We are grateful to the teachers and students who participated in the field collection of data.

Conflicts of Interest

The authors declare no conflict of interest.


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Figure 1. (a) Specific location map of monitoring sections in Tibet, China; (b) Geographic location map; (c) Land use map of the study area.
Figure 1. (a) Specific location map of monitoring sections in Tibet, China; (b) Geographic location map; (c) Land use map of the study area.
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Figure 2. Heavy metal box diagram (a—spring; b—summer; c—autumn; d—winter).
Figure 2. Heavy metal box diagram (a—spring; b—summer; c—autumn; d—winter).
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Figure 3. Spatial and temporal distribution of nutrient and heavy metal elements in Tibet, in 2021.
Figure 3. Spatial and temporal distribution of nutrient and heavy metal elements in Tibet, in 2021.
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Figure 4. Explanation of variance of principal components.
Figure 4. Explanation of variance of principal components.
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Table 1. Basic information of monitoring sections.
Table 1. Basic information of monitoring sections.
BasinRiver Basin AbbreviationName of Section Monitoring PointAbbreviation of Section Monitoring Point
Yarlung Zangbo RiverYLZBJDongsaDS
Xinjiefang BridgeBB
Lang County ZhongdaLX
Nianchu RiverLZ
Xiba XiaquXBXQRidangRD
Langpo RiverLPHLangpo RiverLP
Peng QuPQPulanPQ
Gyirong RiverJLZBJiayuJL
Poqu RiverBQHPeikucuoNLM
Yadong RiverYDHYadongYD
Nujiang RiverNJBiruBR
Jinsha RiverJSJMangkangMK
Zaqu River RuyiZQ
Downstream of Loza xiongquGJ
Jiayu BridgeGTQ
Lantsang RiverLCJKaruoKR
Oron RiverAQ
Lohit RiverCYHChayuCY
Shiquan RiverSGZBGarGE
Kongque RiverMJZBGangtuo bridge on Jinsha RiverPL
Xiangquan RiverLQZBTuolinTL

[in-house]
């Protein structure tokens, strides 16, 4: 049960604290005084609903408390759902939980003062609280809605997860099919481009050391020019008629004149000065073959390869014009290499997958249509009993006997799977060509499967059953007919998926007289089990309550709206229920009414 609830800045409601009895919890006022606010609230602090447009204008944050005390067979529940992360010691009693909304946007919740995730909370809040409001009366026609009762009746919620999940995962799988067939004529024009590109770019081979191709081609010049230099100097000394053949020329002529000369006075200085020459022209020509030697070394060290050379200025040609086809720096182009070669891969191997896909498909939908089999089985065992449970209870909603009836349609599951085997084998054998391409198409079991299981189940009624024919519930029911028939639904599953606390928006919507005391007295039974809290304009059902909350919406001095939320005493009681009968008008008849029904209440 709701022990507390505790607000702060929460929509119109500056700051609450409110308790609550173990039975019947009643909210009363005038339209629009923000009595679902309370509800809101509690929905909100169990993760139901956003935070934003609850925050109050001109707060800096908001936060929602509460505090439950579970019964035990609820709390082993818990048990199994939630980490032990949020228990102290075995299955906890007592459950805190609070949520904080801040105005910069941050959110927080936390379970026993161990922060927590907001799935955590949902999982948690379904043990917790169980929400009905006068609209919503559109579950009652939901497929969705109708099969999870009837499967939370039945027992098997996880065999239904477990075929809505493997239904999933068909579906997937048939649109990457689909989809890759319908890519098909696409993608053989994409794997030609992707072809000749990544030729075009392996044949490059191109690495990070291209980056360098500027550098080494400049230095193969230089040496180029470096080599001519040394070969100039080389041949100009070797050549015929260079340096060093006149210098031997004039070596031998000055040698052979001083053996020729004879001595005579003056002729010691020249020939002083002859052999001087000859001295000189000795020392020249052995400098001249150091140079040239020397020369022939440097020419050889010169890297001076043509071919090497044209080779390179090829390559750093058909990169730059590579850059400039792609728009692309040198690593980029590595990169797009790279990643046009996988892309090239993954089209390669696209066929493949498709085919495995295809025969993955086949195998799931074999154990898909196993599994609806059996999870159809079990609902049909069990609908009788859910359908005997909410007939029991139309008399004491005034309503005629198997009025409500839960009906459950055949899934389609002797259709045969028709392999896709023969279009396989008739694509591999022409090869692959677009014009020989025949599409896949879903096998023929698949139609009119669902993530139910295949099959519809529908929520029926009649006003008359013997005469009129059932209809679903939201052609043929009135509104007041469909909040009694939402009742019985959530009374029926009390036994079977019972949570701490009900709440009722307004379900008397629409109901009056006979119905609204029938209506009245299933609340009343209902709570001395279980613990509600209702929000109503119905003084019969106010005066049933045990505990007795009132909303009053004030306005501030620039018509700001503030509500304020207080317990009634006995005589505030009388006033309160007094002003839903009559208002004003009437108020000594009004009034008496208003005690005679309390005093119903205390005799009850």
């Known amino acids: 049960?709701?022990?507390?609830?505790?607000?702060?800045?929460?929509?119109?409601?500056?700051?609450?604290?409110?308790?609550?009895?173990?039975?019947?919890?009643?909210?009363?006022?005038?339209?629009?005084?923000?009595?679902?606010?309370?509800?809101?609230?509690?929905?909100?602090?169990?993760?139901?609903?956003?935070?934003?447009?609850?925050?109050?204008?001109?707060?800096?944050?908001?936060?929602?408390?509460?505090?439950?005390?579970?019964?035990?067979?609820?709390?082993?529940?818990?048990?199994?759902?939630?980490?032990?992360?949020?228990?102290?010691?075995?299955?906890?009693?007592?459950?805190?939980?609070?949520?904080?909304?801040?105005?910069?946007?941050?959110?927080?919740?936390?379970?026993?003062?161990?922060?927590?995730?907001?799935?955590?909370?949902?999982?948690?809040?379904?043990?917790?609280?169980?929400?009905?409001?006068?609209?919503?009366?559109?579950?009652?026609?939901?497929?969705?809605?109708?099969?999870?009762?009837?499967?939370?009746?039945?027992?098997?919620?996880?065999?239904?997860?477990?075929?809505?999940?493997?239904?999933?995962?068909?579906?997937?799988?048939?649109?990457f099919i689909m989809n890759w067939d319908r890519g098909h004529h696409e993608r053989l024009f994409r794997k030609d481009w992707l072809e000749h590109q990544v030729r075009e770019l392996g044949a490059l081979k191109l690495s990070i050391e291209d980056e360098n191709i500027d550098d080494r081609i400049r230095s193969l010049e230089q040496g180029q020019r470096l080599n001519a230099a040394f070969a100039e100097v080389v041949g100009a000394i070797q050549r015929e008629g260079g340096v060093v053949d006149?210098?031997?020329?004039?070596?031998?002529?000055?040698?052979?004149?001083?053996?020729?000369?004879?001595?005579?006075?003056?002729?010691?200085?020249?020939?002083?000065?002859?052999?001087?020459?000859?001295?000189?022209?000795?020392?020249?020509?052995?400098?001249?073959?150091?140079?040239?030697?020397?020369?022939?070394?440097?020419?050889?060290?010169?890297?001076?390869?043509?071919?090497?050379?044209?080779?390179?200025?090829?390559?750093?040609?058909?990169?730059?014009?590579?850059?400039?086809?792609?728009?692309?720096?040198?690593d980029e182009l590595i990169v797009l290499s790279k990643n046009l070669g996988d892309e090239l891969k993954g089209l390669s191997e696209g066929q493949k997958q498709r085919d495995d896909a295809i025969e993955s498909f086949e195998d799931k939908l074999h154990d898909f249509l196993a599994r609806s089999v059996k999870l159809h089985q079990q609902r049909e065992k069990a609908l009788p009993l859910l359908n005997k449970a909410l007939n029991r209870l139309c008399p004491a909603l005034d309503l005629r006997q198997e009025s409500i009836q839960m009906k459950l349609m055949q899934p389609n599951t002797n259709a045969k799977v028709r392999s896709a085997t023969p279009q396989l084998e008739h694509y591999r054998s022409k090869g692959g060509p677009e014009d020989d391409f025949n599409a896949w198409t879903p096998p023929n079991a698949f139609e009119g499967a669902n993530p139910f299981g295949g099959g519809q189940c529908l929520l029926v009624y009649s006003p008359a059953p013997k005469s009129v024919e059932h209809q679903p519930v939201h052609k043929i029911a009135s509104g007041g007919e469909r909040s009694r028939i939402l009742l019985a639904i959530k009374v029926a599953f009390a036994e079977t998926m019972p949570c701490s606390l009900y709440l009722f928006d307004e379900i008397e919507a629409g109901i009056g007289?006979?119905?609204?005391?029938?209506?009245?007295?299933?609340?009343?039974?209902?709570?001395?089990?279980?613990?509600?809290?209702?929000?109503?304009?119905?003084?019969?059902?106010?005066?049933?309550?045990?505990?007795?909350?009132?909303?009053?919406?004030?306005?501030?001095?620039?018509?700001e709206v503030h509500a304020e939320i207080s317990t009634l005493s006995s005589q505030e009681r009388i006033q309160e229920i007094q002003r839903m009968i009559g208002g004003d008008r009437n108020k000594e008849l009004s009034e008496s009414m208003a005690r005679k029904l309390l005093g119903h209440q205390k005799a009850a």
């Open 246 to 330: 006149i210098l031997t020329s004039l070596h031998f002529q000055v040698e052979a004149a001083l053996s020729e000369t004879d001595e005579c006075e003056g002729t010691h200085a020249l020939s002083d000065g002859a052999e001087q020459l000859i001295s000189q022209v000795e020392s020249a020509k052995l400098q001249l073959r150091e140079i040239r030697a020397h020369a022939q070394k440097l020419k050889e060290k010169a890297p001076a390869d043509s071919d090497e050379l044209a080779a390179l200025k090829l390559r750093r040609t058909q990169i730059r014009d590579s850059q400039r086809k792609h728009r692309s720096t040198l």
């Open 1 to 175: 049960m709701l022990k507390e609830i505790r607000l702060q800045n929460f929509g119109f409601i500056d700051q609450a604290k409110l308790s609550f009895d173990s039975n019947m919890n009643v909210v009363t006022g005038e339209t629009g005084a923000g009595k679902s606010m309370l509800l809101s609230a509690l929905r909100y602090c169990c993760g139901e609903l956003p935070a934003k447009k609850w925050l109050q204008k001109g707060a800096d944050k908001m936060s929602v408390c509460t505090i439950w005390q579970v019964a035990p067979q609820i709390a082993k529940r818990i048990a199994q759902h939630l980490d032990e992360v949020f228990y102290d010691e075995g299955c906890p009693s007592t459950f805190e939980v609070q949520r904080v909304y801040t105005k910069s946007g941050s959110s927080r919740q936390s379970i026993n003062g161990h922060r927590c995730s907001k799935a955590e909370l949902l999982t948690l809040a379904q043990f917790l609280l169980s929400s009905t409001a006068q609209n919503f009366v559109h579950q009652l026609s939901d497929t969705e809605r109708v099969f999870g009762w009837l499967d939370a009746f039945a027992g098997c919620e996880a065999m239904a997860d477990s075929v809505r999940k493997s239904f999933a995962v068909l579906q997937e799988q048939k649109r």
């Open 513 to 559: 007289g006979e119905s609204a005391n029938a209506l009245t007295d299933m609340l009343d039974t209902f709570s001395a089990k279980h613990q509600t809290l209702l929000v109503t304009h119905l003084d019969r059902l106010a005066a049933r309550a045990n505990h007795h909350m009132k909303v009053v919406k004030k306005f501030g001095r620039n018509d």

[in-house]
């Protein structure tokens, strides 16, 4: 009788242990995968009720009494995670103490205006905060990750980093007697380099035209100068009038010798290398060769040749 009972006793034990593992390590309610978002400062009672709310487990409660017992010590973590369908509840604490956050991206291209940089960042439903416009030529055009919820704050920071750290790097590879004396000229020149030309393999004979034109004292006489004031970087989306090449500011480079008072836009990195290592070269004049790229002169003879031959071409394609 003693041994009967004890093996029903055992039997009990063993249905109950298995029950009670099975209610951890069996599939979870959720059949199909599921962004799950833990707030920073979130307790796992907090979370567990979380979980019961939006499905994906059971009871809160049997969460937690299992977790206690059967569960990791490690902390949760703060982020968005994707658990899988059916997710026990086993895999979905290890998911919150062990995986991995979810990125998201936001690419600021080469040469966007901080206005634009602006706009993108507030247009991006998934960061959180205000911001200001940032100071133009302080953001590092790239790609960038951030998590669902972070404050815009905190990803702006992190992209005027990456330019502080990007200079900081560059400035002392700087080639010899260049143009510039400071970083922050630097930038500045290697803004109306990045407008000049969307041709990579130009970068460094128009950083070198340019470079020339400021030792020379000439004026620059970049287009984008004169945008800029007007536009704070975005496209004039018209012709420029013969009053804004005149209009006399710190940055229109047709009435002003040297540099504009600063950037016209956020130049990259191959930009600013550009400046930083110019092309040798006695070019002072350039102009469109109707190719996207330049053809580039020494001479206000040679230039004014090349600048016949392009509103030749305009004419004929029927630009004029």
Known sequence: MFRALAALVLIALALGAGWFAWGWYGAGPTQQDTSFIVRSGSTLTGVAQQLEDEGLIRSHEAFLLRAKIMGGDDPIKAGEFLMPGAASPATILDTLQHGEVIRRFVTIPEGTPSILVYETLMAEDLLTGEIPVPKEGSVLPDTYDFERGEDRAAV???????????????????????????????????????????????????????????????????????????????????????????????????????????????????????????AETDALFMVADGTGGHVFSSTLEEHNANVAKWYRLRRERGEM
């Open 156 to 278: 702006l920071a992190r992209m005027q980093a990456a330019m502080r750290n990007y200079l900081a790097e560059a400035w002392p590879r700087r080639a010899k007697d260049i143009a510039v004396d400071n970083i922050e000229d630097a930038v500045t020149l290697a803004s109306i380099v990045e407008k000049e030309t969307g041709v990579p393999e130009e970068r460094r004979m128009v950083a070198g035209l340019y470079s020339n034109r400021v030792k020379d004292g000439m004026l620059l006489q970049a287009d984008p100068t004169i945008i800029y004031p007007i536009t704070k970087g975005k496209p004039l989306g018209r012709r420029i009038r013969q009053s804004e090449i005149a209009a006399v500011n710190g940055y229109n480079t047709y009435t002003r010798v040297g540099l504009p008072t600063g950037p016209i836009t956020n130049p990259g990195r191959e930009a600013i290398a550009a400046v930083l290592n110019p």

Table 2. Analysis method and quality control standard of monitoring indicators.
Table 2. Analysis method and quality control standard of monitoring indicators.
Monitoring ItemsAnalytical MethodsMethod SourceAccuracyPrecisionRecovery Rate of Spiking
DOElectrode methodGB/T 7489-1987-±0.3-
PVAcid processGB/T 11914-1989±5%±20%-
CODDichromate processHJ 505-2009±10%±10%-
NH3-NNessler’s reagent spectrophotometryHJ 535-2009±10%±15%80–120%
TPAmmonium molybdate spectrophotometryGB/T 11893-1989±10%±10%80–120%
TNAlkaline potassium persulfate digestion ultraviolet spectrophotometryHJ 636-2012±5%±10%90–110%
CuInductively coupled plasma mass spectrometryHJ 700-2014±10%±20%70–130%
ZnInductively coupled plasma mass spectrometryHJ 700-2014±10%±20%70–130%
AsInductively coupled plasma mass spectrometryHJ 700-2014±10%±10%80–120%
CdInductively coupled plasma mass spectrometryHJ 700-2014±10%±20%70–130%
CrDiphenylcarbazide spectrophotometryGB/T 7467-1987±5%±5%90–110%
PbInductively coupled plasma mass spectrometryHJ 700-2014±10%±20%70–130%
Table 3. Results of Kruskal–Wallis test.
Table 3. Results of Kruskal–Wallis test.
Statistical Valuep-ValueCohen’s f ValueStatistical Valuep-ValueCohen’s f Value
DO27.1520.000 ***0.06314.0010.450.137
PV18.6580.000 ***0.05839.2240.000 ***0.193
COD42.3510.000 ***0.07812.4790.5680.091
NH3-N9.1960.027 **0.03415.8040.3250.122
TP55.820.000 ***0.07218.8530.1710.122
TN8.4590.037 **0.02137.5950.001 ***0.119
Cu31.2250.000 ***0.03135.3850.001 ***0.071
Zn22.8480.000 ***0.04421.1540.098 *0.108
As9.8030.020 **0.01354.0740.000 ***0.309
Cd56.3130.000 ***0.0687.220.9260.081
Cr34.2440.000 ***0.0759.9530.7660.096
Pb3.8820.2740.03132.4610.003 ***0.201
Note: Correlation coefficient between water quality indicators and physicochemical parameters of water was significant at: *** p < 0.01, ** p < 0.05, * p < 0.1.
Table 4. Results of weight calculation using the entropy method.
Table 4. Results of weight calculation using the entropy method.
TermInformation Entropy, eInformation Utility Value, dWeight
Table 5. Results of entropy method–fuzzy evaluation for water quality.
Table 5. Results of entropy method–fuzzy evaluation for water quality.
SectionIIIIIIIVVEvaluation ResultsExceedance Factor
Table 6. Correlation between water quality indicators and physicochemical parameters of water.